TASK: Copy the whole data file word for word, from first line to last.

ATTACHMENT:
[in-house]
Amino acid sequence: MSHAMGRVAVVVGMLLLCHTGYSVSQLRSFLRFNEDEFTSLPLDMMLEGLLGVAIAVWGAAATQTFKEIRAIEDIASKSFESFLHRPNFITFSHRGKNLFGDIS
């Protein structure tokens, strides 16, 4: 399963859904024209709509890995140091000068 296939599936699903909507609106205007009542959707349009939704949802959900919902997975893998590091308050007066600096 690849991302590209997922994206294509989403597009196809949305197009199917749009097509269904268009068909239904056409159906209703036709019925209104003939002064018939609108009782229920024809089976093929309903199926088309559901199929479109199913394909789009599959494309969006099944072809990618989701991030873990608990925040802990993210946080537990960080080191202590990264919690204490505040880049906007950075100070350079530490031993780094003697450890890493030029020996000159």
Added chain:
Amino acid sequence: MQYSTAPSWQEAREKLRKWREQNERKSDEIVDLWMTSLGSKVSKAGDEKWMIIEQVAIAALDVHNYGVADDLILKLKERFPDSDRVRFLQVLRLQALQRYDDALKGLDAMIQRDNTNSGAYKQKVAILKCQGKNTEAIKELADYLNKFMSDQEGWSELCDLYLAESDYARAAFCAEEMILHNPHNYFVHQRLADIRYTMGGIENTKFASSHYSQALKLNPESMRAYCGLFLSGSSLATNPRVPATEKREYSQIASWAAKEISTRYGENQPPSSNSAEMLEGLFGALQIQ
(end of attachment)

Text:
[in-house]
Amino acid sequence: MSHAMGRVAVVVGMLLLCHTGYSVSQLRSFLRFNEDEFTSLPLDMMLEGLLGVAIAVWGAAATQTFKEIRAIEDIASKSFESFLHRPNFITFSHRGKNLFGDIS
């Protein structure tokens, strides 16, 4: 399963859904024209709509890995140091000068 296939599936699903909507609106205007009542959707349009939704949802959900919902997975893998590091308050007066600096 690849991302590209997922994206294509989403597009196809949305197009199917749009097509269904268009068909239904056409159906209703036709019925209104003939002064018939609108009782229920024809089976093929309903199926088309559901199929479109199913394909789009599959494309969006099944072809990618989701991030873990608990925040802990993210946080537990960080080191202590990264919690204490505040880049906007950075100070350079530490031993780094003697450890890493030029020996000159």
Added chain:
Amino acid sequence: MQYSTAPSWQEAREKLRKWREQNERKSDEIVDLWMTSLGSKVSKAGDEKWMIIEQVAIAALDVHNYGVADDLILKLKERFPDSDRVRFLQVLRLQALQRYDDALKGLDAMIQRDNTNSGAYKQKVAILKCQGKNTEAIKELADYLNKFMSDQEGWSELCDLYLAESDYARAAFCAEEMILHNPHNYFVHQRLADIRYTMGGIENTKFASSHYSQALKLNPESMRAYCGLFLSGSSLATNPRVPATEKREYSQIASWAAKEISTRYGENQPPSSNSAEMLEGLFGALQIQ